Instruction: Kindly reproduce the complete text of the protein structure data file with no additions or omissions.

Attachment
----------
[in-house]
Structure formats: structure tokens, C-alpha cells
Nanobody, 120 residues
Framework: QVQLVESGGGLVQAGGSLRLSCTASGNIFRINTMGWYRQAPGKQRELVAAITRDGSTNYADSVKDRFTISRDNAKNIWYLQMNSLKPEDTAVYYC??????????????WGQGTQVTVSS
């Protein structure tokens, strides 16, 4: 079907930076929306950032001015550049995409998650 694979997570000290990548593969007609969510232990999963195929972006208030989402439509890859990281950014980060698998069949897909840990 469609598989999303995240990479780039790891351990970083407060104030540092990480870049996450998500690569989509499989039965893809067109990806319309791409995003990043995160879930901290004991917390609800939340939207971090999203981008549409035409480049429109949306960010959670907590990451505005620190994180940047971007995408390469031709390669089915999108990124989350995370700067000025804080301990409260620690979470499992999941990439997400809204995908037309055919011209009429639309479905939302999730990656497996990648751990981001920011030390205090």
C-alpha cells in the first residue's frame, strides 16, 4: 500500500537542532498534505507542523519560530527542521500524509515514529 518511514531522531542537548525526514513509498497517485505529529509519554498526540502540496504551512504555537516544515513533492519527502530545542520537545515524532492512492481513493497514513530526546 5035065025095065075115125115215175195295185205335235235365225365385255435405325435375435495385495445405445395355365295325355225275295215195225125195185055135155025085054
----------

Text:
[in-house]
Structure formats: structure tokens, C-alpha cells
Nanobody, 120 residues
Framework: QVQLVESGGGLVQAGGSLRLSCTASGNIFRINTMGWYRQAPGKQRELVAAITRDGSTNYADSVKDRFTISRDNAKNIWYLQMNSLKPEDTAVYYC??????????????WGQGTQVTVSS
């Protein structure tokens, strides 16, 4: 079907930076929306950032001015550049995409998650 694979997570000290990548593969007609969510232990999963195929972006208030989402439509890859990281950014980060698998069949897909840990 469609598989999303995240990479780039790891351990970083407060104030540092990480870049996450998500690569989509499989039965893809067109990806319309791409995003990043995160879930901290004991917390609800939340939207971090999203981008549409035409480049429109949306960010959670907590990451505005620190994180940047971007995408390469031709390669089915999108990124989350995370700067000025804080301990409260620690979470499992999941990439997400809204995908037309055919011209009429639309479905939302999730990656497996990648751990981001920011030390205090």
C-alpha cells in the first residue's frame, strides 16, 4: 500500500537542532498534505507542523519560530527542521500524509515514529 518511514531522531542537548525526514513509498497517485505529529509519554498526540502540496504551512504555537516544515513533492519527502530545542520537545515524532492512492481513493497514513530526546 5035065025095065075115125115215175195295185205335235235365225365385255435405325435375435495385495445405445395355365295325355225275295215195225125195185055135155025085054